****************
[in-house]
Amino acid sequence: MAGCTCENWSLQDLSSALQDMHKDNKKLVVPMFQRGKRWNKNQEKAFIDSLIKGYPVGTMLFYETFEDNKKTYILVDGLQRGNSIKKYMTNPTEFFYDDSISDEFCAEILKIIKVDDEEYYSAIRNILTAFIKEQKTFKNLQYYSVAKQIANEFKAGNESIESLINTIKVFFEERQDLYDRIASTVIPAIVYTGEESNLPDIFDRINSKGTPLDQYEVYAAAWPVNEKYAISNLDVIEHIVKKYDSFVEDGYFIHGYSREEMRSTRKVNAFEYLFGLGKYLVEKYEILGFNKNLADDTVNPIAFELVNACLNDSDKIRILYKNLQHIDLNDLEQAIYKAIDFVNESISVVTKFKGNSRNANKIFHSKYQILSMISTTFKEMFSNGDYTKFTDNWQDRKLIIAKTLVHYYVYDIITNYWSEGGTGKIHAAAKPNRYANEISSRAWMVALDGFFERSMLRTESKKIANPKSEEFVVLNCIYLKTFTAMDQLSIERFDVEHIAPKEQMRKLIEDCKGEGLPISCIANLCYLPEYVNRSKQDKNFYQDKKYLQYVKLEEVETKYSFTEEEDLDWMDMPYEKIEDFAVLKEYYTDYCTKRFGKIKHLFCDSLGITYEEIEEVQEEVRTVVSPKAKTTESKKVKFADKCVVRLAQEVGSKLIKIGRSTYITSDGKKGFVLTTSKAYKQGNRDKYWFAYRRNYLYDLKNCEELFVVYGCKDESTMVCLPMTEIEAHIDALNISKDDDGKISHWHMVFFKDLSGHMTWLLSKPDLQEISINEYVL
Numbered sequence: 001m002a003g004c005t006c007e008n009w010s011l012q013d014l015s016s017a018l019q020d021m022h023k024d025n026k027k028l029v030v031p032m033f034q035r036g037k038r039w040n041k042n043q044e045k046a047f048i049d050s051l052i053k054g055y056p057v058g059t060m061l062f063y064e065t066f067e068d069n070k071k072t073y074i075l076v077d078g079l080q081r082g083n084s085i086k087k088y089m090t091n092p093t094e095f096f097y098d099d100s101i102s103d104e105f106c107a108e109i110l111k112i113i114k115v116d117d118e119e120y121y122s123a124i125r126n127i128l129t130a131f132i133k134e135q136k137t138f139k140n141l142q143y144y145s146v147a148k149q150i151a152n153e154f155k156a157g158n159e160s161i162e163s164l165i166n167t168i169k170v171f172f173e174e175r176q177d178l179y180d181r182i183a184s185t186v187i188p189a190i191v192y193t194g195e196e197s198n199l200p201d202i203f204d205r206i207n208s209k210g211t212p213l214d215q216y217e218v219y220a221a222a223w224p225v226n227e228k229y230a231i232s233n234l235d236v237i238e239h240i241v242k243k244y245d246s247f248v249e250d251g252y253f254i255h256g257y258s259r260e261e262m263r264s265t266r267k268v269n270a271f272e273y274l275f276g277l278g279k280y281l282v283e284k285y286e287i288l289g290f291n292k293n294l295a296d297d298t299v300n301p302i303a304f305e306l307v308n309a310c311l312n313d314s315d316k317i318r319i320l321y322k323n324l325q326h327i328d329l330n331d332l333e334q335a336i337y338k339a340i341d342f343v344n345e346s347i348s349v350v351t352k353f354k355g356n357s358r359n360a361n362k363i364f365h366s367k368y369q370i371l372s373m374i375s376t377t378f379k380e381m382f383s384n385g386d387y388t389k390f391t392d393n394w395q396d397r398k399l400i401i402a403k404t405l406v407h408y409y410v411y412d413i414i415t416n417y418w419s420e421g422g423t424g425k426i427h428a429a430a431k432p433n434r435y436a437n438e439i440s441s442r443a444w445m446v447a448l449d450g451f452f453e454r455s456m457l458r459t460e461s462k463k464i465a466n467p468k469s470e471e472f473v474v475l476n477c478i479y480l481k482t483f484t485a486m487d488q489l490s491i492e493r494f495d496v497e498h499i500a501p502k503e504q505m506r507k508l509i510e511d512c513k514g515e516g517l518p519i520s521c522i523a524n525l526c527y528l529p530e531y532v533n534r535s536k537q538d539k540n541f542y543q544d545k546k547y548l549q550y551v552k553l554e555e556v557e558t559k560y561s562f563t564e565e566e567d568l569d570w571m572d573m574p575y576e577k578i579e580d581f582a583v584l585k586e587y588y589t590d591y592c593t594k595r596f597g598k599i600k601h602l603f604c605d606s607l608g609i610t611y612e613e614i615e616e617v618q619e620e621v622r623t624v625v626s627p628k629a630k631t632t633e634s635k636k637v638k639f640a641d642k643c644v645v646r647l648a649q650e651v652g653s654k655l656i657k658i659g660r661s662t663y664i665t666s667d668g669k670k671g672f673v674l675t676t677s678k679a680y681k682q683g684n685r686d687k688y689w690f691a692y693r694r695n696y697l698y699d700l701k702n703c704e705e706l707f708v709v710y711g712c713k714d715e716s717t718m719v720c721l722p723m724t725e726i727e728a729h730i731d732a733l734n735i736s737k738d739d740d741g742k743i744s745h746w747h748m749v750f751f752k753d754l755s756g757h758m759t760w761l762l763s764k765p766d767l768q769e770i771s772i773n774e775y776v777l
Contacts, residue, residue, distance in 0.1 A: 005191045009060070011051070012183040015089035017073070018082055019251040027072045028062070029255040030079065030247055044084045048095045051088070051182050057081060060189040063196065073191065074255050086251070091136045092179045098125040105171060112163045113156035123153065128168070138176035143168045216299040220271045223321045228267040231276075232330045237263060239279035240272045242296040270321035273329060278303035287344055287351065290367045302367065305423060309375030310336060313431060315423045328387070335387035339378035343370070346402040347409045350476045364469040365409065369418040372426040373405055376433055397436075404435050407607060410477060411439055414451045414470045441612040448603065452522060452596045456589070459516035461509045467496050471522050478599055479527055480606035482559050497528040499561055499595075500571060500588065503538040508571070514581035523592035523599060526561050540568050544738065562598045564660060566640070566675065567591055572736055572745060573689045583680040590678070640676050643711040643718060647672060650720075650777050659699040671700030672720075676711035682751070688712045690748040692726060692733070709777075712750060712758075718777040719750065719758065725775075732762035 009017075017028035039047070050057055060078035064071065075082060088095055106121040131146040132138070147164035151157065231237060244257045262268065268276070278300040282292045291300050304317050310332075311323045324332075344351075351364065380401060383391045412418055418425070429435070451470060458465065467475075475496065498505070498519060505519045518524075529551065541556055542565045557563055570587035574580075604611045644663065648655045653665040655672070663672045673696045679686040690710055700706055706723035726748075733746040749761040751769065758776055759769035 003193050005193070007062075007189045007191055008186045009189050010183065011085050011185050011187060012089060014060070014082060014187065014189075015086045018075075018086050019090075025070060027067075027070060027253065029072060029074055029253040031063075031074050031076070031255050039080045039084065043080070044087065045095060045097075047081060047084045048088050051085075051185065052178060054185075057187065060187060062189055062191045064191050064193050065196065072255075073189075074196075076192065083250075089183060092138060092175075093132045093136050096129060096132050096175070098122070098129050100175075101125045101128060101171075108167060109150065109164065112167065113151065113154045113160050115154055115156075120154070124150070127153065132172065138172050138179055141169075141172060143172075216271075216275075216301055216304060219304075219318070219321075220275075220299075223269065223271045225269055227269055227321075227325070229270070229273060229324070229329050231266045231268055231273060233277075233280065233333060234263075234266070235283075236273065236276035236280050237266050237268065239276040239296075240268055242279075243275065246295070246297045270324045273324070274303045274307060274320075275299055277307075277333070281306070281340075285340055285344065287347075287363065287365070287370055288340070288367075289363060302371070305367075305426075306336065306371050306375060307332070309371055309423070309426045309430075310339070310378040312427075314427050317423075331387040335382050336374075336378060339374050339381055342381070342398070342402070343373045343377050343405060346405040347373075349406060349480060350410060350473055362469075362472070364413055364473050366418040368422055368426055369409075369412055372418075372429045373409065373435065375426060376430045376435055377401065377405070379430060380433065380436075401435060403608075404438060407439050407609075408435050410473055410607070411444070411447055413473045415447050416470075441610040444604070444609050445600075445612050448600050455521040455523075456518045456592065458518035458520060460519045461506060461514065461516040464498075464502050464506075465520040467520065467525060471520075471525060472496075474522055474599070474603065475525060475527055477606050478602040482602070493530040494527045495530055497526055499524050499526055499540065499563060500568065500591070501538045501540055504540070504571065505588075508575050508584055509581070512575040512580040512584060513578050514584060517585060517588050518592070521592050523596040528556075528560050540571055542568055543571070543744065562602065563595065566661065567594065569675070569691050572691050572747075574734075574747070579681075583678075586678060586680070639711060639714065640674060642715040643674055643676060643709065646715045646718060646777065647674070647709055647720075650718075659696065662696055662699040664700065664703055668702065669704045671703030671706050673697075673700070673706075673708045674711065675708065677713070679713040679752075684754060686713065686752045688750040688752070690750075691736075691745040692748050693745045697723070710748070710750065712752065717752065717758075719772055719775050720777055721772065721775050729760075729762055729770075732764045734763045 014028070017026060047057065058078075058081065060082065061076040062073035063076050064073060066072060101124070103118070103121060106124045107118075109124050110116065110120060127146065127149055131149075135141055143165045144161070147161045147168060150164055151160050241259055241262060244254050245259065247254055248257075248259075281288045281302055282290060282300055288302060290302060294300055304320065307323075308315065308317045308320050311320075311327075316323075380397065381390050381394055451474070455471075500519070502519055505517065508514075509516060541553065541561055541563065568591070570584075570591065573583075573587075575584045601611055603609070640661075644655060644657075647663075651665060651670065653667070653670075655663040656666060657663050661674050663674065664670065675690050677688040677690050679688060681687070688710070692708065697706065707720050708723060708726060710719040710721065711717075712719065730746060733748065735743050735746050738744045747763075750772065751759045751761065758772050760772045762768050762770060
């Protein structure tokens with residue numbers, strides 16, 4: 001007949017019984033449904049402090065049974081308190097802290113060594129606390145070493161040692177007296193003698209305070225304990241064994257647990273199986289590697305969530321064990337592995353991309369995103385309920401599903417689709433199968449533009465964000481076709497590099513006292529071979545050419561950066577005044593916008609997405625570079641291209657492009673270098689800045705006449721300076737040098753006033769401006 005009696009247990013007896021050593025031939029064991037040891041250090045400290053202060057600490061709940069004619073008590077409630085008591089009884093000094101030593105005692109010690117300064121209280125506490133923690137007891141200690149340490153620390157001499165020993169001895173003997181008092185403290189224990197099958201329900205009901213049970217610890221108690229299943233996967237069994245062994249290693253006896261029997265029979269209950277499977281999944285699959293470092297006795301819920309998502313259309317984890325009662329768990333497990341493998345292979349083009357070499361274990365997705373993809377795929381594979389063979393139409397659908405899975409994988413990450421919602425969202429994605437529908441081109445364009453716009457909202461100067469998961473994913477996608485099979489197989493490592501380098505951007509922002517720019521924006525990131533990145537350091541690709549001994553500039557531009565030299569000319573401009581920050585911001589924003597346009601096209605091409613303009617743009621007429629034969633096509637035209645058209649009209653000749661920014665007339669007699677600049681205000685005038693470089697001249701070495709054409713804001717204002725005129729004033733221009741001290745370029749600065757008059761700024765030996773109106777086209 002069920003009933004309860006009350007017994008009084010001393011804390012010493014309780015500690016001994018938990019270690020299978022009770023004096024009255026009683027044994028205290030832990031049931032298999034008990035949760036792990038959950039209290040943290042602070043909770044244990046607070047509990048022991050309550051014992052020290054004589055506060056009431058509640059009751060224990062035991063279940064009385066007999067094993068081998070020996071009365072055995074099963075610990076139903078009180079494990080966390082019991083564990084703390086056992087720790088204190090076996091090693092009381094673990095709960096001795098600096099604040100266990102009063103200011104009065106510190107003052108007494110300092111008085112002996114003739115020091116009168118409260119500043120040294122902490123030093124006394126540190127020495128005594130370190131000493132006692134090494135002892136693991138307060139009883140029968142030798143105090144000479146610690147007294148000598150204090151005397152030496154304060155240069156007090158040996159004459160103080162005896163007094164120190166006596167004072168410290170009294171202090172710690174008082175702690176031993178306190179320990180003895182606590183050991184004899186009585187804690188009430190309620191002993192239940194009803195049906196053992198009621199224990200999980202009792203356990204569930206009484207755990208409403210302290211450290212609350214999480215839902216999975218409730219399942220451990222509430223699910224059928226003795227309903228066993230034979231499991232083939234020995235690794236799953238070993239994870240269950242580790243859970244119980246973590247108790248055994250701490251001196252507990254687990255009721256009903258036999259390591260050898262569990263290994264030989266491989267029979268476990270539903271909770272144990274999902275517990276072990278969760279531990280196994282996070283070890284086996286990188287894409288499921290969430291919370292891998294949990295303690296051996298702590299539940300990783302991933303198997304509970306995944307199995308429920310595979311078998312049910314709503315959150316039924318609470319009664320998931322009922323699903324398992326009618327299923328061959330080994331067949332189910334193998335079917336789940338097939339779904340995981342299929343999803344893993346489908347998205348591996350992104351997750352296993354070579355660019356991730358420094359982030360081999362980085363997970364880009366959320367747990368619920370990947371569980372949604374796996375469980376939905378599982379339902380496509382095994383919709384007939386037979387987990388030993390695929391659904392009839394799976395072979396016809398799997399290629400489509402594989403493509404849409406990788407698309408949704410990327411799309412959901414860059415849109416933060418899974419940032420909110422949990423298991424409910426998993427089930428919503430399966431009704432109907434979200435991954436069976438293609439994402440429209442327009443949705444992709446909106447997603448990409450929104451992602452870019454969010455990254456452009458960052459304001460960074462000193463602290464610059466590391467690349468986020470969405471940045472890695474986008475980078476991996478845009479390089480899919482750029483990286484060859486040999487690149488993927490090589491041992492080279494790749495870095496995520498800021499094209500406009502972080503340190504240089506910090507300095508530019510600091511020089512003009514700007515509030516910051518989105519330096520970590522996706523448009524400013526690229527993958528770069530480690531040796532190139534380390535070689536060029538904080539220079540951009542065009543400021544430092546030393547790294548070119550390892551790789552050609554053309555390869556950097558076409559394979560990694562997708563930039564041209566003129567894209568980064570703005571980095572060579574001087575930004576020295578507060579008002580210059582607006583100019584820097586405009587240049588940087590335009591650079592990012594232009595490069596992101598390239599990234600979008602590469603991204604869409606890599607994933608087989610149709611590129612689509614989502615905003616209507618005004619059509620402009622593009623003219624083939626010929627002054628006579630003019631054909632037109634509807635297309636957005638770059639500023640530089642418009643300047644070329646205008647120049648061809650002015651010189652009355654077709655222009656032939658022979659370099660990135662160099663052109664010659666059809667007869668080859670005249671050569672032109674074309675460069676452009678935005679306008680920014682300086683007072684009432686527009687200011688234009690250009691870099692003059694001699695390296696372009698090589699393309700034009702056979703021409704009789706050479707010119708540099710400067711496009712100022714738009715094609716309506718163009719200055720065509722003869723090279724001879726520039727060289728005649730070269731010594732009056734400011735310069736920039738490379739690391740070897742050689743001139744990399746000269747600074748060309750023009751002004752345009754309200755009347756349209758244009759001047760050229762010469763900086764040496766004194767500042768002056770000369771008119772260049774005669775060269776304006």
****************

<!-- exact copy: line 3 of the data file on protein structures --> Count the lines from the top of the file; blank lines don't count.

Numbered sequence: 001m002a003g004c005t006c007e008n009w010s011l012q013d014l015s016s017a018l019q020d021m022h023k024d025n026k027k028l029v030v031p032m033f034q035r036g037k038r039w040n041k042n043q044e045k046a047f048i049d050s051l052i053k054g055y056p057v058g059t060m061l062f063y064e065t066f067e068d069n070k071k072t073y074i075l076v077d078g079l080q081r082g083n084s085i086k087k088y089m090t091n092p093t094e095f096f097y098d099d100s101i102s103d104e105f106c107a108e109i110l111k112i113i114k115v116d117d118e119e120y121y122s123a124i125r126n127i128l129t130a131f132i133k134e135q136k137t138f139k140n141l142q143y144y145s146v147a148k149q150i151a152n153e154f155k156a157g158n159e160s161i162e163s164l165i166n167t168i169k170v171f172f173e174e175r176q177d178l179y180d181r182i183a184s185t186v187i188p189a190i191v192y193t194g195e196e197s198n199l200p201d202i203f204d205r206i207n208s209k210g211t212p213l214d215q216y217e218v219y220a221a222a223w224p225v226n227e228k229y230a231i232s233n234l235d236v237i238e239h240i241v242k243k244y245d246s247f248v249e250d251g252y253f254i255h256g257y258s259r260e261e262m263r264s265t266r267k268v269n270a271f272e273y274l275f276g277l278g279k280y281l282v283e284k285y286e287i288l289g290f291n292k293n294l295a296d297d298t299v300n301p302i303a304f305e306l307v308n309a310c311l312n313d314s315d316k317i318r319i320l321y322k323n324l325q326h327i328d329l330n331d332l333e334q335a336i337y338k339a340i341d342f343v344n345e346s347i348s349v350v351t352k353f354k355g356n357s358r359n360a361n362k363i364f365h366s367k368y369q370i371l372s373m374i375s376t377t378f379k380e381m382f383s384n385g386d387y388t389k390f391t392d393n394w395q396d397r398k399l400i401i402a403k404t405l406v407h408y409y410v411y412d413i414i415t416n417y418w419s420e421g422g423t424g425k426i427h428a429a430a431k432p433n434r435y436a437n438e439i440s441s442r443a444w445m446v447a448l449d450g451f452f453e454r455s456m457l458r459t460e461s462k463k464i465a466n467p468k469s470e471e472f473v474v475l476n477c478i479y480l481k482t483f484t485a486m487d488q489l490s491i492e493r494f495d496v497e498h499i500a501p502k503e504q505m506r507k508l509i510e511d512c513k514g515e516g517l518p519i520s521c522i523a524n525l526c527y528l529p530e531y532v533n534r535s536k537q538d539k540n541f542y543q544d545k546k547y548l549q550y551v552k553l554e555e556v557e558t559k560y561s562f563t564e565e566e567d568l569d570w571m572d573m574p575y576e577k578i579e580d581f582a583v584l585k586e587y588y589t590d591y592c593t594k595r596f597g598k599i600k601h602l603f604c605d606s607l608g609i610t611y612e613e614i615e616e617v618q619e620e621v622r623t624v625v626s627p628k629a630k631t632t633e634s635k636k637v638k639f640a641d642k643c644v645v646r647l648a649q650e651v652g653s654k655l656i657k658i659g660r661s662t663y664i665t666s667d668g669k670k671g672f673v674l675t676t677s678k679a680y681k682q683g684n685r686d687k688y689w690f691a692y693r694r695n696y697l698y699d700l701k702n703c704e705e706l707f708v709v710y711g712c713k714d715e716s717t718m719v720c721l722p723m724t725e726i727e728a729h730i731d732a733l734n735i736s737k738d739d740d741g742k743i744s745h746w747h748m749v750f751f752k753d754l755s756g757h758m759t760w761l762l763s764k765p766d767l768q769e770i771s772i773n774e775y776v777l